The Financial Times reports a number of prominent hedge fund managers and billionaires running family offices have moved aggressively out of gold and into stocks following the election.

The gold price has an inverse correlation to interest rates as the metal is not income producing and investors have to rely on price appreciation for returns. Higher interest rates also boosts the dollar which usually move in the opposite direction of the gold price.

Gold stayed on the defensive, beset by enhanced growth expectations as… investors took on the view that the pro-growth policies of a new administration were good for paper assets


Gold’s performance is in stark contrast to predictions ahead of the election with many analysts seeing gold reaching $1,500 or beyond, citing increased safe haven buying as a major reason behind an upswing.

The rise in bond yields is not good for gold unless accompanied by a similar rise in inflation. The chart below shows that the move so far in 10-year bond yields has seen the real yield rise to 0.25% – the highest level since June.

Low real yields have provided a major source of support for gold this year, but depending on inflation expectations, this source of support has at least for now been sharply reduced.

Rising US bond yields and the brewing emerging markets crisis has seen strong demand for dollars post the election, and this marks yet another gold-negative development.


Rising US bond yields and the brewing emerging markets crisis has seen strong demand for dollars post the election, and this marks yet another gold-negative development

The import price of 62% Fe content ore at the port of Tianjin surged 7.4% to $79.70 per dry metric tonne on Thursday as the US presidential election added fuel to the fire of iron ore’s almost a month of unbroken gains.


According to The Steel Index an unnamed Australian miner sold 62% Fe Newman fines on the globalORE platform for $80.65.

Lower grade fines at the port of Qingdao shot up a whopping 12.4% on Friday to trade at $68.20 a tonne. 58% Fe content iron ore has risen 36% over the last four weeks while 65% Fe at the same Chinese port jumped to $91.70 a tonne.

On the Dalian Commodities Exchange in China iron ore futures again reached it’s daily price change limit of 6% to trade at over $90 a tonne.


While gold’s initial rally following the US presidential election has evaporated, the rally in industrial metals continued on Friday with the copper price jumping to a 17-month high.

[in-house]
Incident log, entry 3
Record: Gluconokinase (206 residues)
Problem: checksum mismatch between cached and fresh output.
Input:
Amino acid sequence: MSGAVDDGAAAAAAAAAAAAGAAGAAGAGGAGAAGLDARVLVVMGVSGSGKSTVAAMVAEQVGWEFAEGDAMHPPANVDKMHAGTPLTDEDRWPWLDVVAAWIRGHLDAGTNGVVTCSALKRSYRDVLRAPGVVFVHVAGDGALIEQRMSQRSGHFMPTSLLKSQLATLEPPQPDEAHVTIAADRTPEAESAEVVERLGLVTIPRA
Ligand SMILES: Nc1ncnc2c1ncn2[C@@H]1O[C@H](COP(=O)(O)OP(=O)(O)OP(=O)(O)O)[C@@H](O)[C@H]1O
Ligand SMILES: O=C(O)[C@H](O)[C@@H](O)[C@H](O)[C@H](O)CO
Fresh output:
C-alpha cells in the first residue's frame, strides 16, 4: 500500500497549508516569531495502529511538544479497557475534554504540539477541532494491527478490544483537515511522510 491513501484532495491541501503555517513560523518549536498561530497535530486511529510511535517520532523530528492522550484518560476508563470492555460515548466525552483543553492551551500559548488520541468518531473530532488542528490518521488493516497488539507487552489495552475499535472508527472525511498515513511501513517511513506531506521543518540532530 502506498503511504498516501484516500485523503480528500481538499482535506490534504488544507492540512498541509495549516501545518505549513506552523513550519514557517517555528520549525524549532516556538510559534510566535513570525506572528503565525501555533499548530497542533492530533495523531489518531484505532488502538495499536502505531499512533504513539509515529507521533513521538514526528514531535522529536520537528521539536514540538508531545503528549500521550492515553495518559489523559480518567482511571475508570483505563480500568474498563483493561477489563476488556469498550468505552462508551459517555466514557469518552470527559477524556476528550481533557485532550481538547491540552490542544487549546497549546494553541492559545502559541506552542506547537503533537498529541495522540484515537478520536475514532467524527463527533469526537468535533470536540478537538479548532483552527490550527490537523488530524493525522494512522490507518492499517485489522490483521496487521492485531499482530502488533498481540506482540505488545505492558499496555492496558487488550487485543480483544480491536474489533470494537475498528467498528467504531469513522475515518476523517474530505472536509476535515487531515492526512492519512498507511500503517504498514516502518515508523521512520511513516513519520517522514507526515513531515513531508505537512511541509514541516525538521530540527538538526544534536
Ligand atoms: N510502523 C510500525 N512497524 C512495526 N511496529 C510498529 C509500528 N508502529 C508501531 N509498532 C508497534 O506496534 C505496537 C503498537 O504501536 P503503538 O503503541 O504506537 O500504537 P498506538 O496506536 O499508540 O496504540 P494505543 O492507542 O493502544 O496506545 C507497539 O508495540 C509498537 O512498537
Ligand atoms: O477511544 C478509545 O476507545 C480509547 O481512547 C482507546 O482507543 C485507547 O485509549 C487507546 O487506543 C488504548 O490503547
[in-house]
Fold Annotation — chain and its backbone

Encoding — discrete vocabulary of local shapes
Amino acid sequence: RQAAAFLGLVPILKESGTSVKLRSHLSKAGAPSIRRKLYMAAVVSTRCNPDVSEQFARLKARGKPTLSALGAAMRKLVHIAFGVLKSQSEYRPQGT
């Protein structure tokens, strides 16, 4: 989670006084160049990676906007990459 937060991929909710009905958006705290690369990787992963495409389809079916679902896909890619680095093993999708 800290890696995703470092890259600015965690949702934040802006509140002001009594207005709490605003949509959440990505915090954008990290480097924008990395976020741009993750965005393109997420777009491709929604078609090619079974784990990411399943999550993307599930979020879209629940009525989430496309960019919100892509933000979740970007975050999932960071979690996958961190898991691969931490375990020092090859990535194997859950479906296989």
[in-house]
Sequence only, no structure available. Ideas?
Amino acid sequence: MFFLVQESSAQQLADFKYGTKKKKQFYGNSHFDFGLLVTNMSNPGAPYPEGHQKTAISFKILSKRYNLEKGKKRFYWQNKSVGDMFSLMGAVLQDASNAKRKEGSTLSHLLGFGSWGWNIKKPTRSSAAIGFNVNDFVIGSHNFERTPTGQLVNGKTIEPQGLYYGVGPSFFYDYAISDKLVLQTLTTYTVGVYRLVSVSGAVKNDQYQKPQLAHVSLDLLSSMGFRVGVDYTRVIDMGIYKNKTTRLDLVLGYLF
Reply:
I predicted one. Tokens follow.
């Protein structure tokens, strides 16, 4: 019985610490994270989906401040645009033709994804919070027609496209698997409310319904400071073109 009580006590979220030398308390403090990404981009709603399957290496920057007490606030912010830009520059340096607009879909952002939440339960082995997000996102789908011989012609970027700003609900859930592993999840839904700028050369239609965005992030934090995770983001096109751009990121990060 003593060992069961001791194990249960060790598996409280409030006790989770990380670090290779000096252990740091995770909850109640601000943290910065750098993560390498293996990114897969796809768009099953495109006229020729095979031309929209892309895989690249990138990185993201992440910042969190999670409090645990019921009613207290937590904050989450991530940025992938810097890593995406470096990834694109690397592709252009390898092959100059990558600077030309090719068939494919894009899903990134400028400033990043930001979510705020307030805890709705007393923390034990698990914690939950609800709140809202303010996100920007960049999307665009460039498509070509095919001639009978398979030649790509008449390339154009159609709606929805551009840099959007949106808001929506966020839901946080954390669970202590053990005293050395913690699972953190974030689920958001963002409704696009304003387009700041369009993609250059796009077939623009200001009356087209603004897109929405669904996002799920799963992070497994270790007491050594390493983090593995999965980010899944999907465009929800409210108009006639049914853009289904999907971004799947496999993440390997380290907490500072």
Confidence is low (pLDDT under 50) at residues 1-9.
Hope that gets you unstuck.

In pre-regular hours trade on Friday copper for delivery in December gained 4% from Thursday’s close trading as high as $2.6525 per pound ($5,847 a tonne) in New York, the highest since mid-June 2015.

Copper has risen during 14 of the last 15 trading sessions, adding 27% in the process. After underperforming other metals and steelmaking raw materials in 2016, copper is now firmly in bull market territory with a 24.5% rise year-to-date.

The current upturn in the copper price is vulnerable to a correction in investor sentiment or profit-taking

In a research note Capital Economics cautions copper bulls that despite encouraging signs of falling warehouse stocks and the effect of recent production outages, the current upturn in the copper price is vulnerable to a correction in investor sentiment or profit-taking.



Product of the Week: Caterpillar’s updated 992K wheel loader

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Caterpillar says its recently updated Cat 992K Wheel Loader is designed to lower fuel costs by as much as 21 percent compared to previous models and increase operating efficiency with features such as the On-Demand Throttle arrangement that automatically manages engine speed, combining the efficiency of a manual throttle with ergonomic throttle lock operation.

The wheel loader is powered by an 801-horsepower Cat C32 ACERT engine that can be configured to meet U.S. EPA Tier 4 Final/EU Stage IV or U.S. EPA Tier 2/EU Stage IIa emissions regulations. The loader’s 14-16 cubic-yard bucket capacities offer a standard lift payload of 24 tons and high-lift payload of 21 tons.

Matched to load a Cat 775 in three passes and a Cat 777 in four passes, the 992K now offers Cat Production Measurement (CPM), the advanced payload weight measuring system that promotes cost-effective hauling by helping loader operators minimize truck under-loading and overloading.

The loader is built fire suppression ready and features fall protection tie-offs that provide fall arrest for service technicians. The 992K design includes turn signals and hazard lights, a bi-directional emergency gate, wheel chocks, and mid-rails. New performance-enhancing features include pump efficiency monitoring, improved fluid filtration, and coolant-loss monitoring. Cat Advansys G.E.T adapters maximize loader uptime with fast, hammerless installation and removal of ground engaging tools.

The cab features joystick controls and an updated information display with a color graphical touch screen. Additional features include centralized service centers and ground level access points to speed up service and reduce exposure to falls. The Vital Information Management System (VIMS) monitors machine health and provides operating information on critical loader functions for operators, service personnel, and fleet managers.

Bar Tread Track for Cat® 239D, 249D and 259D Compact Track Loaders